# Modeling the spinning of an object in JavaScript

I am trying to model the spinning of an object of uniform mass in JavaScript (viewable here).

Currently, the object rotates when clicked and dragged.

I am trying to find the formulas required to achieve a realistic spinning effect once the user has "let go."

So far I've calculated the initial angular velocity of the object like so:

 (rotation in degrees of final grab - rotation in degrees of initial grab)
/
((timestamp of final grab - timestamp of initial grab) * 1000)


The browser's console displays the angular velocity once you've let go of your grab.

The problem

The problem is that this is not very realistic for several reasons:

1. If you drag left slowly and then drag right very fast and let go, it becomes obvious that just setting the wheel to rotate according to the calculated angular velocity is not very realistic. What is the correct formula to describe the object's initial angular velocity after letting go?
2. I would also like to incorporate friction so that the wheel slows down realistically. What is the correct formula to describe the object's angular velocity over time?

I really appreciate any help.

• Friction and other forces slow the spinning of the top at a constant rate, so if the initial angular velocity was 5 r/s, you could have after 1s, v=4, after 2s, v=3, etc. $(v_i-at)$ – Simply Beautiful Art Sep 9 '16 at 22:35
• Thank you. I have a feeling that tangential acceleration will need to be calculated to find the correct initial angular velocity, but I'm not sure what formula(s) are needed. My searches have led me to several problems involving torque and rotational inertia, but with objects rotating around some other object instead of the object rotating on it's own center of gravity. I will do some research for "top" problems. – Raphael Rafatpanah Sep 9 '16 at 22:41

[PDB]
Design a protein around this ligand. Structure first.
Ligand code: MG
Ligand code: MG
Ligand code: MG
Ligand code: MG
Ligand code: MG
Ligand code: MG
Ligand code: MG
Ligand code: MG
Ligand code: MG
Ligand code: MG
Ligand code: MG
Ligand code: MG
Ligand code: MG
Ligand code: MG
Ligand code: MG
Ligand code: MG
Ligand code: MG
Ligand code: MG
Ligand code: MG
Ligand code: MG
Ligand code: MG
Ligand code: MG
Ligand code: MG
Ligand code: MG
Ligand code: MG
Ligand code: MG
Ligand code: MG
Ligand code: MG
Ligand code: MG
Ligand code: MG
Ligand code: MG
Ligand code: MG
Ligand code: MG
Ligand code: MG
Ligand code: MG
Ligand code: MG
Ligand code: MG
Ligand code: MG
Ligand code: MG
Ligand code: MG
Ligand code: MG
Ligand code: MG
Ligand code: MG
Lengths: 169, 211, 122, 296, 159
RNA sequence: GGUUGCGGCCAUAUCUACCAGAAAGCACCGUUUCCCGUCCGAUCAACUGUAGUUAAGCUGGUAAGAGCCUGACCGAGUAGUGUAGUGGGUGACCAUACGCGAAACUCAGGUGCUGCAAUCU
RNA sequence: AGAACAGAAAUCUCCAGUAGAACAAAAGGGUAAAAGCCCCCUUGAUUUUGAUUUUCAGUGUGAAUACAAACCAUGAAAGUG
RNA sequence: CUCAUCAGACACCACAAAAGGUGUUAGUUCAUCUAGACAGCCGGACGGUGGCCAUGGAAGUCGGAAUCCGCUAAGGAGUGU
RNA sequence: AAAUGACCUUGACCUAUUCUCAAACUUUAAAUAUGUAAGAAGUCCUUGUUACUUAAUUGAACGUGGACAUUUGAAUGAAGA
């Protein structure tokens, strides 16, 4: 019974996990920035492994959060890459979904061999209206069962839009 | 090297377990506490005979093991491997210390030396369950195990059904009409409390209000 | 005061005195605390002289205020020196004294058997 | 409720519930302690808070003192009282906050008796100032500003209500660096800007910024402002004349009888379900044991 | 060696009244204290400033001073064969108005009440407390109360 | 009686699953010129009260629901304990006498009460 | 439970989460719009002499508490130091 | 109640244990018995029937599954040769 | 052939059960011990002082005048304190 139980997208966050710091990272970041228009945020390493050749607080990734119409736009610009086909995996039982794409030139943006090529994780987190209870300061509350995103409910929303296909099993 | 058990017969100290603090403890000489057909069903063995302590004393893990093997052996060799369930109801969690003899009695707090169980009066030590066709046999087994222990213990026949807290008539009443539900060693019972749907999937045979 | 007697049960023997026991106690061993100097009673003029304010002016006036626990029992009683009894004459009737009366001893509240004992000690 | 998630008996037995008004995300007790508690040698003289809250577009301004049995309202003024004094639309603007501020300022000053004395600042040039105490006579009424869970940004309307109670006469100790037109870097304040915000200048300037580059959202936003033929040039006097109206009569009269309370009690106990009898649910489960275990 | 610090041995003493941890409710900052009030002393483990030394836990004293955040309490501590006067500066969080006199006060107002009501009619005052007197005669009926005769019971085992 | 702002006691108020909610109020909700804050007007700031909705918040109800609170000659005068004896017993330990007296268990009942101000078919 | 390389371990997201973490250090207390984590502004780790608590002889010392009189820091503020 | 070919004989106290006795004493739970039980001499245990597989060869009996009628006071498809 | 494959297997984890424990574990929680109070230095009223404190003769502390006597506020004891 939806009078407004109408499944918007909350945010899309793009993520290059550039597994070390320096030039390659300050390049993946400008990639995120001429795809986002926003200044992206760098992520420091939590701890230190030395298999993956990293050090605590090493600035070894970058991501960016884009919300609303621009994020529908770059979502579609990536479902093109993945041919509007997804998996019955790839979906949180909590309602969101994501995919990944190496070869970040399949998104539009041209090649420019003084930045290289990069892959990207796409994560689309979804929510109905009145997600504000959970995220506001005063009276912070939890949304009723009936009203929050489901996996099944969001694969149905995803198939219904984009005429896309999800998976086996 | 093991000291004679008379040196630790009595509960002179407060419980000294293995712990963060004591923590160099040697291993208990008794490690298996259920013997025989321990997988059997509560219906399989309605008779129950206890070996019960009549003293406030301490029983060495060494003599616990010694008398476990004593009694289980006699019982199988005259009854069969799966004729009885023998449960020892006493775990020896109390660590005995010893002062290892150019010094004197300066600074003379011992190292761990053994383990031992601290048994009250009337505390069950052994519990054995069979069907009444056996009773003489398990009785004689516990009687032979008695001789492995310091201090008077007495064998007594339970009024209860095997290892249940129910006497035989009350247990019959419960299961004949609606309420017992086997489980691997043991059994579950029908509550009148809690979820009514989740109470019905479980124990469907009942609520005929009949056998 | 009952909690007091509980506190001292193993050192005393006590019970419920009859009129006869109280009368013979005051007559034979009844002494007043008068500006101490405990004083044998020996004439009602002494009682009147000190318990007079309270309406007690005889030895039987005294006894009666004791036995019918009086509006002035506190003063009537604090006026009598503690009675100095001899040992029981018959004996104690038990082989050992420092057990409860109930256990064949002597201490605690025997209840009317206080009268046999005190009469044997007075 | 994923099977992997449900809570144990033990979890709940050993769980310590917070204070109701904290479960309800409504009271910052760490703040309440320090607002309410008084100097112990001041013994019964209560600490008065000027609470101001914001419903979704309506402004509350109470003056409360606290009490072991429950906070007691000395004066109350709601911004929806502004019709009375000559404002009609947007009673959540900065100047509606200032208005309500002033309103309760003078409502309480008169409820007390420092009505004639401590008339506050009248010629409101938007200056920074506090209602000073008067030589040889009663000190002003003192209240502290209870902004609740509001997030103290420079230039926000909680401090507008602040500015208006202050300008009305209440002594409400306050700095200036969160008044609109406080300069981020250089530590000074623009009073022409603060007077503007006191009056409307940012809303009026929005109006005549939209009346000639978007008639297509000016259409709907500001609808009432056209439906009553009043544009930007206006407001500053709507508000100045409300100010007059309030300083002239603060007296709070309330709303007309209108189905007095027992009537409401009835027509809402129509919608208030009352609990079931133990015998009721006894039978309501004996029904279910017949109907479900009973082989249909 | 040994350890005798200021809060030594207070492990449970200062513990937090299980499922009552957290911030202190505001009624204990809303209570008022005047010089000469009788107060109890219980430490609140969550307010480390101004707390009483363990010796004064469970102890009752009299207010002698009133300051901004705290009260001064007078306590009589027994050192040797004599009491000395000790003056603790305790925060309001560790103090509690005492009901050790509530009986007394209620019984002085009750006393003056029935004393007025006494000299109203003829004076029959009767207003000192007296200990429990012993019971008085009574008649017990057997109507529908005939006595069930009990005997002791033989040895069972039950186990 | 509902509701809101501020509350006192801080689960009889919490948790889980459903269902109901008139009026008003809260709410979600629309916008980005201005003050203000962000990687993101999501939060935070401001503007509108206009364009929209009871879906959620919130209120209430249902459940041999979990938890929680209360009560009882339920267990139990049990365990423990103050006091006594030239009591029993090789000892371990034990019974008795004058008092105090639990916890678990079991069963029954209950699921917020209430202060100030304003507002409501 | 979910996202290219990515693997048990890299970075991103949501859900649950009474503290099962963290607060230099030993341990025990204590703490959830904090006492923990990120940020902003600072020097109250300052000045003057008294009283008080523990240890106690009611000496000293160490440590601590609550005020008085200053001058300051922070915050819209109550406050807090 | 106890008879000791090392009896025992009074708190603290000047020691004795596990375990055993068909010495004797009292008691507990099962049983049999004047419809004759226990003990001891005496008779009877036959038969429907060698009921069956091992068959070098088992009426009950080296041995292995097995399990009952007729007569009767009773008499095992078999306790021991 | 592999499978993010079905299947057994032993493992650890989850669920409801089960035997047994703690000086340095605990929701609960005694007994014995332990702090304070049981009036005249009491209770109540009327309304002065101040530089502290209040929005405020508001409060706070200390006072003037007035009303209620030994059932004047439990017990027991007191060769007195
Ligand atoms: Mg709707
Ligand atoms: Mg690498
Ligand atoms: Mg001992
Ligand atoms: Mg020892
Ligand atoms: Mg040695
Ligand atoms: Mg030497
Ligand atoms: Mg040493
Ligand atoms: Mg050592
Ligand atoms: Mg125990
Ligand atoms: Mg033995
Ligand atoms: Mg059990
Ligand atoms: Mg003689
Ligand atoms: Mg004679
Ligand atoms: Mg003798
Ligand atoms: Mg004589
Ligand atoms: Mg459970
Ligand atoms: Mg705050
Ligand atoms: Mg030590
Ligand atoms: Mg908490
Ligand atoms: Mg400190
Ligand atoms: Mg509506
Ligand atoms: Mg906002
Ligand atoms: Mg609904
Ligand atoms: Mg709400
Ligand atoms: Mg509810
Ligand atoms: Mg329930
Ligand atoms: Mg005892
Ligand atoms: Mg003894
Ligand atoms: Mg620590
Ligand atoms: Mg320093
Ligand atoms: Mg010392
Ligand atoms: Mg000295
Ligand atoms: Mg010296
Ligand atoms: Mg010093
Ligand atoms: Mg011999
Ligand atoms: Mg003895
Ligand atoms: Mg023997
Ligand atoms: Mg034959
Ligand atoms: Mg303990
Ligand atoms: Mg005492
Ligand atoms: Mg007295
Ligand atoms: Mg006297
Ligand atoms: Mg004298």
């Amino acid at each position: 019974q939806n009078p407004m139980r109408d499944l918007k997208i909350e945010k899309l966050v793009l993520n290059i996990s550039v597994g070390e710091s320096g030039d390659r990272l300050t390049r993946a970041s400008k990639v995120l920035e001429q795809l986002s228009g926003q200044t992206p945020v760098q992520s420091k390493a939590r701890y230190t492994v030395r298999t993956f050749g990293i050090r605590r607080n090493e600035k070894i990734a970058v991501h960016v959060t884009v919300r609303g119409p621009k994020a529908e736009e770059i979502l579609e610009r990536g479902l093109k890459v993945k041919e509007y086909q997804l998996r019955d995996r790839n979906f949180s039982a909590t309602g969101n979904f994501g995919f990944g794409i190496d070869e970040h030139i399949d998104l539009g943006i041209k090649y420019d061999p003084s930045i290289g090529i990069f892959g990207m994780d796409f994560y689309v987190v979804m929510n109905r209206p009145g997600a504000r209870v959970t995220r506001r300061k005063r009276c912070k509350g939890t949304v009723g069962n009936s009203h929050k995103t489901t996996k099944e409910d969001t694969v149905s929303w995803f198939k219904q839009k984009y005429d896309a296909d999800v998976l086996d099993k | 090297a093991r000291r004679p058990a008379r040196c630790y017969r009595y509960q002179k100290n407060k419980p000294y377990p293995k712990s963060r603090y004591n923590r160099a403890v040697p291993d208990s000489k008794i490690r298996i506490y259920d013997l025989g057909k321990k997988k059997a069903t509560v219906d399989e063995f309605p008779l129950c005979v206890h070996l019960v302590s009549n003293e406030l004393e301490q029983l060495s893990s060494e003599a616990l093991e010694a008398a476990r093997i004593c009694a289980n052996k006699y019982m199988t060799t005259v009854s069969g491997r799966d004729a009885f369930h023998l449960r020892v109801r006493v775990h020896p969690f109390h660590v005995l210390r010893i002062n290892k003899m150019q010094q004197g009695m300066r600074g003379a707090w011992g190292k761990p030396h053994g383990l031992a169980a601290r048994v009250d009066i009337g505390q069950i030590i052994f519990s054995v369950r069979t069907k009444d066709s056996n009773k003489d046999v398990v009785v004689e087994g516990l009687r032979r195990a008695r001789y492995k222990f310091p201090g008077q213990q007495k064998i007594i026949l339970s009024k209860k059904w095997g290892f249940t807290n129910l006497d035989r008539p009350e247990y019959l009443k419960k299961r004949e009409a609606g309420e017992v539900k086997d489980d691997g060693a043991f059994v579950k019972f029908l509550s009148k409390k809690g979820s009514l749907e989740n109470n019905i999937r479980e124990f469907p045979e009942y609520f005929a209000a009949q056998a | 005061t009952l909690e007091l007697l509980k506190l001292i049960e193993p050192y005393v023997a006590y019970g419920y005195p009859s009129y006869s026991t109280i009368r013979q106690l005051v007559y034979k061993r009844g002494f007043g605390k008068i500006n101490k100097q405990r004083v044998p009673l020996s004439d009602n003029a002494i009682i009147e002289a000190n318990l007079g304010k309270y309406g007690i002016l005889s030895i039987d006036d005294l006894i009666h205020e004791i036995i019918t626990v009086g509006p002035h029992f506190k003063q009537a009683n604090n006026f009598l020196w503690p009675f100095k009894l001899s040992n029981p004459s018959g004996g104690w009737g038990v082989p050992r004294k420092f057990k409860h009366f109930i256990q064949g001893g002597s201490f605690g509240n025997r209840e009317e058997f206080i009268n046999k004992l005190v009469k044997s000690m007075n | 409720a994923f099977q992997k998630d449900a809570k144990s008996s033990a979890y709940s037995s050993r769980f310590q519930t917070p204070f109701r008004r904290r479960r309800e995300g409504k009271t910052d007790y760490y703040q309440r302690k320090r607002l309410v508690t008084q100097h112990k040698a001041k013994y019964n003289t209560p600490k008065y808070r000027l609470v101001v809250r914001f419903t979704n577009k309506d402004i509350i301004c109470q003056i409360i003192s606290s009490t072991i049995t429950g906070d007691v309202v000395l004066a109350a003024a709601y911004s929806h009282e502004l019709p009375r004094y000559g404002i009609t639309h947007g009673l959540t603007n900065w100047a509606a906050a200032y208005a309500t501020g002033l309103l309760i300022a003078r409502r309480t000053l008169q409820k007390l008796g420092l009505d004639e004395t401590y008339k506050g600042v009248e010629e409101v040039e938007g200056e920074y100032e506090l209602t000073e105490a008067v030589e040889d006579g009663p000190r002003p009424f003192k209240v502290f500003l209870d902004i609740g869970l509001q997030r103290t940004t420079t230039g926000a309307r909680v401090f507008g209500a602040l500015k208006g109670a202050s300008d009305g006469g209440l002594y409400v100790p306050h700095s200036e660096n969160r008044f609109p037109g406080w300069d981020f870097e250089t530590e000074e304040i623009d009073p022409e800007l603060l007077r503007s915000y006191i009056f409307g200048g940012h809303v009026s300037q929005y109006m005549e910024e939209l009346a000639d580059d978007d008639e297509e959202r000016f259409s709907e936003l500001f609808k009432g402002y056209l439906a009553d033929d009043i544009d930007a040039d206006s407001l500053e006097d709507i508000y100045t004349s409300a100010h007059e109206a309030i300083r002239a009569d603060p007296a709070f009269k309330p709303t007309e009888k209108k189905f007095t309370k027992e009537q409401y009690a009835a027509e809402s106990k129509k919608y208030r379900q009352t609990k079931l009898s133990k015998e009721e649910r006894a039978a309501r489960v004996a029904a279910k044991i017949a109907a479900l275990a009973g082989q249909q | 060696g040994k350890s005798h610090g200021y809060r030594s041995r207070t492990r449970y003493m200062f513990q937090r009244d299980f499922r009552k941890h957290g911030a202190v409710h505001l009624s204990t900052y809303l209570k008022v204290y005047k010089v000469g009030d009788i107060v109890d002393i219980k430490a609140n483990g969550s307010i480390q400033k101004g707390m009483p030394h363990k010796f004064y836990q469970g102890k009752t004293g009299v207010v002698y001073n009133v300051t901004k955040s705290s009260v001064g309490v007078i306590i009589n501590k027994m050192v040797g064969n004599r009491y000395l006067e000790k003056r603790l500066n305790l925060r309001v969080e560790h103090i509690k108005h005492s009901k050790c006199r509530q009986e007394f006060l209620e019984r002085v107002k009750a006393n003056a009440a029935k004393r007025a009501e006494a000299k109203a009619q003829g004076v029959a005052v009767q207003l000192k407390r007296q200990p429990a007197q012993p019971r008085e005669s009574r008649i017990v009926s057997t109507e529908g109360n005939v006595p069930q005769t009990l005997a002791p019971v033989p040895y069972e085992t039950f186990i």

• Always separate the rotational motion from other rotational motion and any other linear motion. So the motion of spinning, the spiral motion, and the speed as it moves are separately dealt with, usually using $v_t=v_i-at$ – Simply Beautiful Art Sep 9 '16 at 22:47
• I think you have to put an elastic between the mouse and the clicked point of your wheel (elastic simply means $F = -dist^2$ or something like that). You also have to assign a mass to your wheel, and some friction. A major problem is that the clicked point on the wheel has a 3d coordinate, while the mouse only has a 2d coordinate, so you have to say "where is the mouse pointer in the 3d space" for defining $dist$ and $F$ – reuns Sep 9 '16 at 22:52
• By 'elastic', he means like a rubber band. As you pull farther, the recoil is greater by $F=(\Delta x)^2$. And after finding initial velocity $v_i$ (from $(\Delta x)^2$, the velocity after some time $t$ is $v_t=v_i-at$, where $a$ is some experimental constant that makes it look nice. – Simply Beautiful Art Sep 9 '16 at 23:21

## 1 Answer

If you le go while your grab has horizontal velocity $v$, then the angular velocity should be $\omega=\frac vr$, where $r$ is the radius.

Deceleration due to friction typically has a quadratic component ($\dot\omega=-c\cdot \omega\left|\omega\right|$) from air resistance, but there you should be careful with the discrete steps for large $\omega$. Beyond that, there is a constant component ($\dot\omega =-c\operatorname{sgn}(\omega)$), which causes a linear decrease of $\omega$.

• Thank you. I will experiment with both constant and quadratic friction. What is the best way to calculate the initial angular velocity from a user's drag? Should acceleration be calculated instead, and used in a certain formula? – Raphael Rafatpanah Sep 9 '16 at 23:21